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Using the Alma APIs with Java Proxy Classes

The Alma REST APIs return JSON natively. This is the natural choice for developers working in dynamic languages, such as Node.js and Ruby. These languages interpret the JSON into native types, such as Array, Hash, String, and make it easy to manipulate data returned by the APIs.

For those who work in a strongly-typed language such as Java, it may be more comfortable to work with the Alma REST API  data structures as full-fledged classes. Luckily, the APIs support XML and even make the XSD schemas available for download. This means that we can use standard Java tools to create proxy classes and marshal/unmarshal between the generated classes and the XML that the APIs accept.

About the XSD Schemas

The documentation for each Alma REST API includes a link to the description of the object that it accepts or returns.
The link takes you to a page which describes the object in detail. At the beginning of the data dictionary, there is a link to the XSD schema which describes the object.

Creating the Proxy Classes

In order to create the proxy classes, we will use functionality provided by JAXB, which is included in the Java JDK. The xjc compiler accepts a namespace to use for the generated classes and the filenames (or URLs) of the XSD schemas.

Update (June 2016): Some REST objects have compound names, such as “Representation File” or “User Deposit”. In these cases, the default behavior of the xjc compiler will create incorrect root element names (UserDeposit rather than user_deposit as the REST API expects). To change that default behavior, we need to create a bindings file and reference it in the call to xjc with the -b flag. The file should contain the following:

<jaxb:bindings jaxb:extensionBindingPrefixes="xjc" version="2.1"

For example, on Windows, you could run:

"%java_home%\bin\xjc" -p com.exlibrisgroup.almarestmodels.representation -extension -b bindings.xml
"%java_home%\bin\xjc" -p com.exlibrisgroup.almarestmodels.user -extension -b bindings.xml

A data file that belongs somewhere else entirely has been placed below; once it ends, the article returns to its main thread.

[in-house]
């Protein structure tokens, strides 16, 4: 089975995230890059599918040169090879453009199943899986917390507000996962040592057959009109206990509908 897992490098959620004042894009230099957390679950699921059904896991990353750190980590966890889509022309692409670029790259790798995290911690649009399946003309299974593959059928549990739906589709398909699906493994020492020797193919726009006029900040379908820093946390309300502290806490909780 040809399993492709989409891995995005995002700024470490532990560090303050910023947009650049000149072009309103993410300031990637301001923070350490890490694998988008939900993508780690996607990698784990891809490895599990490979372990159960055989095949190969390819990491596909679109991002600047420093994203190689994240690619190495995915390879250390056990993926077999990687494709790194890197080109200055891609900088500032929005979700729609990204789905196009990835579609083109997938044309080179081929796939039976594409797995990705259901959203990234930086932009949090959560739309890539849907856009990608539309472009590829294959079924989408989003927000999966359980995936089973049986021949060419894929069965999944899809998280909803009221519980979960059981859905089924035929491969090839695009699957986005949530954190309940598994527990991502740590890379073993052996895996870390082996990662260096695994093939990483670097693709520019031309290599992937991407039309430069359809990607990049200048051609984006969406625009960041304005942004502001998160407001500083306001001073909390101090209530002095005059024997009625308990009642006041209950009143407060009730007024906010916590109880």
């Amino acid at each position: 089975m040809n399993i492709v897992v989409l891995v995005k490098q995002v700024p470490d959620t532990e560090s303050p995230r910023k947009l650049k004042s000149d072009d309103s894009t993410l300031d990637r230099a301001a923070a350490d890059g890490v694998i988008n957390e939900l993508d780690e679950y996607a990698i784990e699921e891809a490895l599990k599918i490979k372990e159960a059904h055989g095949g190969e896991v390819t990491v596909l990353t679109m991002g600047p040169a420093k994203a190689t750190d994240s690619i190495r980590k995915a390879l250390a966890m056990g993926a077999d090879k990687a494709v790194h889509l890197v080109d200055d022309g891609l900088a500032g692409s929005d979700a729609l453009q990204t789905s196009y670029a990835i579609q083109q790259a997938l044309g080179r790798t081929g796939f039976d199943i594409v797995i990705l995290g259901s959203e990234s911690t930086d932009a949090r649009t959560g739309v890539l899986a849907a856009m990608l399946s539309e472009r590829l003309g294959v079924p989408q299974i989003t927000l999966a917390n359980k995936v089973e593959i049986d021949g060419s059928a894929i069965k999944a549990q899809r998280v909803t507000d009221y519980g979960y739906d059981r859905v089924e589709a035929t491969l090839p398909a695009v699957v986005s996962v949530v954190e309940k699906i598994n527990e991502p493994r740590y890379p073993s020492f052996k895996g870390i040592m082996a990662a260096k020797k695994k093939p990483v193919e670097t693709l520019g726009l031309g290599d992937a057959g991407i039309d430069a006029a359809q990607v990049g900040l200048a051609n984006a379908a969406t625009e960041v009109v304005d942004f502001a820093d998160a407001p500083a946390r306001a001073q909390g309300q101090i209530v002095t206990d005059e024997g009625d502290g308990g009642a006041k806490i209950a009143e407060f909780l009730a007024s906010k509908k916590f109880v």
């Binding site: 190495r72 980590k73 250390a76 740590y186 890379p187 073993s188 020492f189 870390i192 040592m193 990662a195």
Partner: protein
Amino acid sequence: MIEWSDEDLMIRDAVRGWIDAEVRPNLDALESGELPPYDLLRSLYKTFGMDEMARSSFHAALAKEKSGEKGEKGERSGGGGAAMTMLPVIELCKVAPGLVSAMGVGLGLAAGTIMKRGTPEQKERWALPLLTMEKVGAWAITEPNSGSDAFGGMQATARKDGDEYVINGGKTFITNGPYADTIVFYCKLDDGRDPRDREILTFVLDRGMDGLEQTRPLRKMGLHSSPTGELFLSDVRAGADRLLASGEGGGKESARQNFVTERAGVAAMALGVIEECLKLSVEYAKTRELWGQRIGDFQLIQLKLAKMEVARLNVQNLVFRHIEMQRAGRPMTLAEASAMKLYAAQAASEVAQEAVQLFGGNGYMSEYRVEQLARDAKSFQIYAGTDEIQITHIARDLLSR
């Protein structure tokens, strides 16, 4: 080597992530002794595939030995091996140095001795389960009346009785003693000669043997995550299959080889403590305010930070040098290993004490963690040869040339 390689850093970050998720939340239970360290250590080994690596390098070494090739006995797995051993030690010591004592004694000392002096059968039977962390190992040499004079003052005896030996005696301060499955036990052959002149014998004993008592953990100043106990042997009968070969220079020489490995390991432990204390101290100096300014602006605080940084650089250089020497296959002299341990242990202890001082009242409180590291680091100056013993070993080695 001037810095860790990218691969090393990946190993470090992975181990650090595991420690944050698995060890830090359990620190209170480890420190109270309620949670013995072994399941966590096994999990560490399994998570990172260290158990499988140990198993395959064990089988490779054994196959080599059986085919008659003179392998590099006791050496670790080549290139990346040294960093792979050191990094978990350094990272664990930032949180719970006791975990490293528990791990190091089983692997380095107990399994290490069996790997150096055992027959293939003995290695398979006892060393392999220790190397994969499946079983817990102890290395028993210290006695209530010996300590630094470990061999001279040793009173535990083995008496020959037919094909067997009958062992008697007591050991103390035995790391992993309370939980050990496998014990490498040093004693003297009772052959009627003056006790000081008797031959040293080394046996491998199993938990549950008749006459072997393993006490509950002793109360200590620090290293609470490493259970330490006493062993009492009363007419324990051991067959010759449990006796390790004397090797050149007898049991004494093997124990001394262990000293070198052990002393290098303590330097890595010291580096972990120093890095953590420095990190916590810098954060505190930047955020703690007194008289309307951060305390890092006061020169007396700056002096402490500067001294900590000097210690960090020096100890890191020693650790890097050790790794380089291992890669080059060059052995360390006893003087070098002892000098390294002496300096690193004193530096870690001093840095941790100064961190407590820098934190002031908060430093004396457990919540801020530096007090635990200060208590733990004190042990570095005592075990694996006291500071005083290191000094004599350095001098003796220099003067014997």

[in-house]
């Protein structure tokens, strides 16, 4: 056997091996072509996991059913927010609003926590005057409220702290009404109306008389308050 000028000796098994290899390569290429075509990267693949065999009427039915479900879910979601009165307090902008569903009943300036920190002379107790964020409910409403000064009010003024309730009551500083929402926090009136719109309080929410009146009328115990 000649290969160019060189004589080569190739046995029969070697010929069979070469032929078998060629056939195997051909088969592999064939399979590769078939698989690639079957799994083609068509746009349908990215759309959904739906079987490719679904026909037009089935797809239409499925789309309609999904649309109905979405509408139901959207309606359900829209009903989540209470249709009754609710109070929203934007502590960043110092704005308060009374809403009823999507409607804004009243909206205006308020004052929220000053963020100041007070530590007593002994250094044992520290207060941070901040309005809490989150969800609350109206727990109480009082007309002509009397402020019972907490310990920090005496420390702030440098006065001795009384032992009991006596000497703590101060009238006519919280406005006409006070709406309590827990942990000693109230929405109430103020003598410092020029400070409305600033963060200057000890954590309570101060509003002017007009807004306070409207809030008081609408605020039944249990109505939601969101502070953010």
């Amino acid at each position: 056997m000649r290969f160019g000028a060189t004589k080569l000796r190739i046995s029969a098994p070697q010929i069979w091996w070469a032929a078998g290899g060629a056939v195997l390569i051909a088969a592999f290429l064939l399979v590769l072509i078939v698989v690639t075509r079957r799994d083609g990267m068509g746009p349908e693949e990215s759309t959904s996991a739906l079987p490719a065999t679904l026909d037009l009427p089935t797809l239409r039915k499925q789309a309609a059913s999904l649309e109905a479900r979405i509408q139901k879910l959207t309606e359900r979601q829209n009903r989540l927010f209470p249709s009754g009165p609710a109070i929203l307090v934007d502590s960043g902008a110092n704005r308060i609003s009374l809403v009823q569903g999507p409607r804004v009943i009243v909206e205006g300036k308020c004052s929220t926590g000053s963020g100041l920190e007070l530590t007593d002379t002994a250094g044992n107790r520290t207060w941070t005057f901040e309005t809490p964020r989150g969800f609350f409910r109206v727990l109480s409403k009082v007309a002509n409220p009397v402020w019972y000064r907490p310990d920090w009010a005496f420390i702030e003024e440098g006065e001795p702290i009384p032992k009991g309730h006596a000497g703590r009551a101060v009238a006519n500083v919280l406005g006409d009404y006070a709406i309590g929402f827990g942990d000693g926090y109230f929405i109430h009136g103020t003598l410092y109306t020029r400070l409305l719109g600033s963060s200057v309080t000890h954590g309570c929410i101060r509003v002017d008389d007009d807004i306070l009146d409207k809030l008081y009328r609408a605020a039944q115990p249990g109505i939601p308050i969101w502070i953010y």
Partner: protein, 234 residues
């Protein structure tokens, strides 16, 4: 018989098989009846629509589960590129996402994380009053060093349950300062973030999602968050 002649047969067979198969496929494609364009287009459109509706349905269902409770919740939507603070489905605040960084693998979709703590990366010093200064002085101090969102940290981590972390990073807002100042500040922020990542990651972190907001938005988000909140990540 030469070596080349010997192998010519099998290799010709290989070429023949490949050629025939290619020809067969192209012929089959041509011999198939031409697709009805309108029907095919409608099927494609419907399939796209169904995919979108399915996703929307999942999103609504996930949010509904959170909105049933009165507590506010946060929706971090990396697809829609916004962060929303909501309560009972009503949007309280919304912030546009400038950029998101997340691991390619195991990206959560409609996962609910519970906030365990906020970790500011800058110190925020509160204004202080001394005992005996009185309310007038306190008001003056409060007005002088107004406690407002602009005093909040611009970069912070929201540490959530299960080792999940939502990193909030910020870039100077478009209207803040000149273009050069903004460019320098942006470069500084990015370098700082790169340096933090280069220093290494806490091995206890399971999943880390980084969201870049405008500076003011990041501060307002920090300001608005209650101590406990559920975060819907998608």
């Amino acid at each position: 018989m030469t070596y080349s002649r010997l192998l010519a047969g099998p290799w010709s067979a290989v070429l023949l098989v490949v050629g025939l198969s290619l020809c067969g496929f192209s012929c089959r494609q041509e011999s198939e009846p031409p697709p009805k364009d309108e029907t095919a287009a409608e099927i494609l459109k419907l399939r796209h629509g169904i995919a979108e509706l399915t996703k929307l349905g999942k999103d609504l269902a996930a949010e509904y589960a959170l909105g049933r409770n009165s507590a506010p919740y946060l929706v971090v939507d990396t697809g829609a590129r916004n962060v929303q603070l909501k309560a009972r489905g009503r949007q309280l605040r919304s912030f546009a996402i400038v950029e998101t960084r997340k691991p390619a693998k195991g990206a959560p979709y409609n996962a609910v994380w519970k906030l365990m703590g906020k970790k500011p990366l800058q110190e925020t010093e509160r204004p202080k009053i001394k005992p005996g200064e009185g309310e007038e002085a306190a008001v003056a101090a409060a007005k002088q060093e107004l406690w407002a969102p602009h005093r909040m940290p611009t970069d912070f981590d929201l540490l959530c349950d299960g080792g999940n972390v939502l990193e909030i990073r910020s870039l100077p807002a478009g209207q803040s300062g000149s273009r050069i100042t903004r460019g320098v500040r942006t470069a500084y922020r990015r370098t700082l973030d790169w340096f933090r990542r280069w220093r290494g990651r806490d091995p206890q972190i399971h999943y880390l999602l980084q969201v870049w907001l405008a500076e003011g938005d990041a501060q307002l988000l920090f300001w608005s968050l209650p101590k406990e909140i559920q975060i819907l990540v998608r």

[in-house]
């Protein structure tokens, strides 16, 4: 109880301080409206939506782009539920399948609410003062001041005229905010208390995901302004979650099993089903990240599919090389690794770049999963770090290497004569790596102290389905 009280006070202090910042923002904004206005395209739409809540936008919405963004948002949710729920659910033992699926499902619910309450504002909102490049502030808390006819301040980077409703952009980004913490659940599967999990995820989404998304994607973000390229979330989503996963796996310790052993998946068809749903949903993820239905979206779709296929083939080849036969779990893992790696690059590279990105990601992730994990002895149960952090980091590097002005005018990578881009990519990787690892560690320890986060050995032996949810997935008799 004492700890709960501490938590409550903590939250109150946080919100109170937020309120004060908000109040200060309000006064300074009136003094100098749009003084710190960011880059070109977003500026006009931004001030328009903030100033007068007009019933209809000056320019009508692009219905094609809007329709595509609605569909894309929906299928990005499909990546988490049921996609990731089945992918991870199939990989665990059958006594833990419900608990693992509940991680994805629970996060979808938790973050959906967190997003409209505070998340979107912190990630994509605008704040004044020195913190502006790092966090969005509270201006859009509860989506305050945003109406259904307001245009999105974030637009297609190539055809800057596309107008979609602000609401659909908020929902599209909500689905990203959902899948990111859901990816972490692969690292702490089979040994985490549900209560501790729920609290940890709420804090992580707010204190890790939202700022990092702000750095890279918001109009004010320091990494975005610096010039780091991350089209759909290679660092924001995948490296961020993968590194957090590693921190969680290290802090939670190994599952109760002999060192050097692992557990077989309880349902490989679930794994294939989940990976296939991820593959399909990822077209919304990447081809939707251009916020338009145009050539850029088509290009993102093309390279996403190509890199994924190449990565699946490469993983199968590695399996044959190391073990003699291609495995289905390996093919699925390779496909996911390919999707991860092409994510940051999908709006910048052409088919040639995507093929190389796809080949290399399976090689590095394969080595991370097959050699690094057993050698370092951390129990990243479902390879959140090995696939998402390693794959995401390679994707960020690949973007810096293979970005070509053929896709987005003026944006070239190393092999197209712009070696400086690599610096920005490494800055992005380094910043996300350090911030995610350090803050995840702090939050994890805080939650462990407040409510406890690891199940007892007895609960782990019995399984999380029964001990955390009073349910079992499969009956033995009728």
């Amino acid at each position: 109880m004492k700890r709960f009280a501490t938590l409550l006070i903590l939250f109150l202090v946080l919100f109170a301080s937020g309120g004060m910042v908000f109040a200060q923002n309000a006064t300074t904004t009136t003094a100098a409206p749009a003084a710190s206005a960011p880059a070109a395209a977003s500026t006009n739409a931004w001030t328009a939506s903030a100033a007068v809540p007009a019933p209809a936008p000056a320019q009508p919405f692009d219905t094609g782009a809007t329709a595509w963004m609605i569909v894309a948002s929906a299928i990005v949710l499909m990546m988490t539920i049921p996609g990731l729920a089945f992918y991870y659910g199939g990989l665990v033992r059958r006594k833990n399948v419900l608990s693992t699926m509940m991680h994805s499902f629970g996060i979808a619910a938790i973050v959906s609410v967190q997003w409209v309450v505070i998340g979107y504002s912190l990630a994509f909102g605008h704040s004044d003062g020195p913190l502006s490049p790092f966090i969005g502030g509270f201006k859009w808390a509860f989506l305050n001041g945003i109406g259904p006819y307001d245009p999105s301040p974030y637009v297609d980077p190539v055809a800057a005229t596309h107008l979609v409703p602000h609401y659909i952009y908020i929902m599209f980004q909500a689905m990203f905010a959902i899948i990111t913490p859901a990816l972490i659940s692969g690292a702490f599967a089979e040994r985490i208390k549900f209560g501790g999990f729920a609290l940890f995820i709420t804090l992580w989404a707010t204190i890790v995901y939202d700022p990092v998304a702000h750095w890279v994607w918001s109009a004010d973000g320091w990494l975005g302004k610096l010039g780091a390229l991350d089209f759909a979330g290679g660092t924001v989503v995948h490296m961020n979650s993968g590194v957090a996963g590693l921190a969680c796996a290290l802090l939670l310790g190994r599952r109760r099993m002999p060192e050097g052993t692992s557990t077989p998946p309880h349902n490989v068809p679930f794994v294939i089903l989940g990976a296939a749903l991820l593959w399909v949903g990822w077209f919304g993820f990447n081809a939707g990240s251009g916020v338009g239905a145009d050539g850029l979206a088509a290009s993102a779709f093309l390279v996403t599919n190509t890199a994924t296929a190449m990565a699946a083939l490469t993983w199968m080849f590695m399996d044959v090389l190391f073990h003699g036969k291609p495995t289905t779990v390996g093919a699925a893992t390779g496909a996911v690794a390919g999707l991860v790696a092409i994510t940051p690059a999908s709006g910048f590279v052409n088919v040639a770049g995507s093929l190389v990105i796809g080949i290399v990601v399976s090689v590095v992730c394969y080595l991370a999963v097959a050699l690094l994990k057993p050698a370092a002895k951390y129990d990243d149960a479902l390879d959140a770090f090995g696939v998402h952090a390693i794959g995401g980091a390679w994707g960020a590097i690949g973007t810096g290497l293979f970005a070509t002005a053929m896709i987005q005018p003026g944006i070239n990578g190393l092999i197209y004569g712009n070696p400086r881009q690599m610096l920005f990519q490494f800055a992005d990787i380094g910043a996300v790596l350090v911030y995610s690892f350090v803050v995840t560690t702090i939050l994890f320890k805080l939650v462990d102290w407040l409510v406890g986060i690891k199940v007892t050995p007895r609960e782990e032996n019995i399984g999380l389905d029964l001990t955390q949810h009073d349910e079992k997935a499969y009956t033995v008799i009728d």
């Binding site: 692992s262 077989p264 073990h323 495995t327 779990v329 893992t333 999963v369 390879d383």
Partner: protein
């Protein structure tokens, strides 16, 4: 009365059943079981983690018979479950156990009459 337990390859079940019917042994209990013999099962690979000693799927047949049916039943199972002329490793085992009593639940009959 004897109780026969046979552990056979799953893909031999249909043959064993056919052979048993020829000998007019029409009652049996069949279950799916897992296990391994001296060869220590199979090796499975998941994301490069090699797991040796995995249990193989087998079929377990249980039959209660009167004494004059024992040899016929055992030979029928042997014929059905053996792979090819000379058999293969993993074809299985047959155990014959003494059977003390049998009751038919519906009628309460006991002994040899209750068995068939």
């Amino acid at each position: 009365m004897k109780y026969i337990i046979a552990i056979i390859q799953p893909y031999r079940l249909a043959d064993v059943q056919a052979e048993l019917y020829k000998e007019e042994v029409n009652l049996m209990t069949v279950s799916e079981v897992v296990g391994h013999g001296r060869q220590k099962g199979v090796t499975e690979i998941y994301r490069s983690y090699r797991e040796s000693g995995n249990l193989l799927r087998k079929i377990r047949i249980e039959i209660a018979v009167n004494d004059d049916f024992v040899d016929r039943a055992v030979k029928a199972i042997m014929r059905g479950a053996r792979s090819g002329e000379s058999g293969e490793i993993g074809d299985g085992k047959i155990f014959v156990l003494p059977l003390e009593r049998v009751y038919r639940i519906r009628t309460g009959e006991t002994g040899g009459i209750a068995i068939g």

This will create classes in the almarestmodels namespace for two schema files- representation and user. Since this command creates classes for the entire hierarchy of data structures, the result will be a long list of class files ready for use.


Unmarshal (Deserialize) from XML to the Class

Now that we’ve created the classes, they’re ready for us to use in our code. First, we need to get the XML from Alma. We can use the JAX-RS package to do so. You can extract the code to call Alma APIs to a utility method such as the one below:
public static String get(String server, String path, String apikey) {
    Client client = ClientBuilder.newBuilder()
    WebTarget target =;
    String resp = target.request(MediaType.APPLICATION_XML)
      .header("Authorization", "apikey " + apikey)
    return resp;

Now we can retrieve the XML and use JAXB to populate the relevant class(es). For our example, we’ll retreive a user record using the Get User API:

String resp = AlmaRestUtil.get(
    "users/" + userName,

User user = JAXB.unmarshal(new StringReader(resp), User.class);

Now we have a populated user object, and we can access the relevant properties and subclasses:

System.out.println("Retrieved user: " + user.getPrimaryId());

Marshal (Serialize) from the Class to XML

We can follow the reverse process to create a new object, marshal it to XML, and send the resulting XML to Alma in a POST API. In our example, we want to create a new digital representation. First, we create the Representation object and set the relevant properties:
Representation rep = new Representation();

// Set Library, Usage Type, and Repository
Representation.Library library = new Representation.Library();
Representation.UsageType usageType = new Representation.UsageType();
Representation.Repository repository = new Representation.Repository();

// Set representation properties

Then we want to marshal the object into an XML string:

StringWriter sw = new StringWriter();
JAXB.marshal(rep, sw);
String xml = sw.toString();

In order to POST our XML to Alma, we can call a utility method similar to the one above for GET:

String resp =
    "bibs/" + mmsId + "/representations",

And here’s the post method:

public static String post(String server, String path, String apikey, 
    String data) {

    Client client = ClientBuilder.newBuilder()
    WebTarget target =;
    String resp;  
    resp = target.request(MediaType.APPLICATION_XML)
      .header("Authorization", "apikey " + apikey)

    return resp;

Now we can even complete the round-trip by unmarshaling the reponse from Alma to read the newly-added properties:

rep = JAXB.unmarshal(new StringReader(resp), Representation.class);
System.out.println("Created new representation: " + rep.getId();

Library system librarians and programmers work in a wide variety of development stacks. We aim to make the Alma REST APIs easy and intuitive to use no matter what language you’re working in. We hope this example of data manipulation with the Alma REST APIs using standard Java tools will be helpful for those working in that environment.

The full code from which these samples were taken is available in this Github repository.


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